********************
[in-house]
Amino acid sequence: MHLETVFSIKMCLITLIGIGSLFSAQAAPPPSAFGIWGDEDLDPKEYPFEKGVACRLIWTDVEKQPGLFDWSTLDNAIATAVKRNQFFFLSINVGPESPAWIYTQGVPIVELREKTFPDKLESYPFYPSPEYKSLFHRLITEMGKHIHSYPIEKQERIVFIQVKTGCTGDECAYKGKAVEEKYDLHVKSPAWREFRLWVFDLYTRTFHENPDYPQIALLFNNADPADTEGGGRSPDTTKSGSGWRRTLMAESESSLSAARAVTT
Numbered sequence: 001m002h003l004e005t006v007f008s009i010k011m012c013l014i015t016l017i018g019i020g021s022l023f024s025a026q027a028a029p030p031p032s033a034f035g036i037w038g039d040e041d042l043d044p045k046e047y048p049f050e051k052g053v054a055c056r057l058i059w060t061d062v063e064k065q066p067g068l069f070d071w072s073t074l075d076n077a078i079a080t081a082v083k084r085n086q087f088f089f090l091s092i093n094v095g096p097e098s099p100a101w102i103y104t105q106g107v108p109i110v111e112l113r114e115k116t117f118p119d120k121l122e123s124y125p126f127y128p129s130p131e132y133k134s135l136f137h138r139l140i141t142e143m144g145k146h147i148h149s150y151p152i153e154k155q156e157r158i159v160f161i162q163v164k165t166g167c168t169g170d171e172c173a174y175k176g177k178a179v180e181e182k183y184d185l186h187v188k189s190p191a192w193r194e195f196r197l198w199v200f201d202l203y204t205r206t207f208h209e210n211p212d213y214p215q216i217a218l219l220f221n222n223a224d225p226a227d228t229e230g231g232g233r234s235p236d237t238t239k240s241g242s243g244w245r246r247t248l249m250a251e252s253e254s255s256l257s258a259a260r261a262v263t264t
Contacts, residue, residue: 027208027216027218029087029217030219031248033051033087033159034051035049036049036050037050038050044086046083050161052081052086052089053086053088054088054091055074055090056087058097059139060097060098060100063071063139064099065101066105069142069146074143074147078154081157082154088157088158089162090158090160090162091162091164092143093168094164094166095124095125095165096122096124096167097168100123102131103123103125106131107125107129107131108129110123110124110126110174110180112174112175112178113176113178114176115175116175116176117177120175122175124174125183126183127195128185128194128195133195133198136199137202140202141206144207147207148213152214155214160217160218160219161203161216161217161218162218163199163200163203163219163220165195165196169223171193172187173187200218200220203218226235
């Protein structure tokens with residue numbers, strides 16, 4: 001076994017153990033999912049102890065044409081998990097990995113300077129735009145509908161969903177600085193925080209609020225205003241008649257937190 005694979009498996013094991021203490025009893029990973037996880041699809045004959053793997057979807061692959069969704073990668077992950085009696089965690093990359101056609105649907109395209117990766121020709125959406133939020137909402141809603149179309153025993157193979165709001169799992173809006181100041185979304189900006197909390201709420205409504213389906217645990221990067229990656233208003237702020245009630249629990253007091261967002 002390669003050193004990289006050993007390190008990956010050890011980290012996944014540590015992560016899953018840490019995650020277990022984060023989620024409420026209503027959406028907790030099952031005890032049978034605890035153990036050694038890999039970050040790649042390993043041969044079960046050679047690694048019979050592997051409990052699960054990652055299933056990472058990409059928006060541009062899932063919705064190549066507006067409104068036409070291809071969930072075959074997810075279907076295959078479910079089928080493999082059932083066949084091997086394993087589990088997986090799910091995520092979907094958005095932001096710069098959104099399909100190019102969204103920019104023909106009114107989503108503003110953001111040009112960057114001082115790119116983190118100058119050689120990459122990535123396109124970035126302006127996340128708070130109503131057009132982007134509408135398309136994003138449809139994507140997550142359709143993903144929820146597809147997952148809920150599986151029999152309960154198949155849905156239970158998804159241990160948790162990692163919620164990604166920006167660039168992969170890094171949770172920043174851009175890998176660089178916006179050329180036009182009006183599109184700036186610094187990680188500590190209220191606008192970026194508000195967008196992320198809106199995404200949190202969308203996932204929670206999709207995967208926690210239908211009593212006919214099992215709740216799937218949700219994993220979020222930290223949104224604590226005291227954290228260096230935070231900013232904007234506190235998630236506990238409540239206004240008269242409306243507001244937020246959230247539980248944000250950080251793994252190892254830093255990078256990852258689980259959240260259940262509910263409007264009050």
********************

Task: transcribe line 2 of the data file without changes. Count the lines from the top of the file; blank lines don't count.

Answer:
Amino acid sequence: MHLETVFSIKMCLITLIGIGSLFSAQAAPPPSAFGIWGDEDLDPKEYPFEKGVACRLIWTDVEKQPGLFDWSTLDNAIATAVKRNQFFFLSINVGPESPAWIYTQGVPIVELREKTFPDKLESYPFYPSPEYKSLFHRLITEMGKHIHSYPIEKQERIVFIQVKTGCTGDECAYKGKAVEEKYDLHVKSPAWREFRLWVFDLYTRTFHENPDYPQIALLFNNADPADTEGGGRSPDTTKSGSGWRRTLMAESESSLSAARAVTT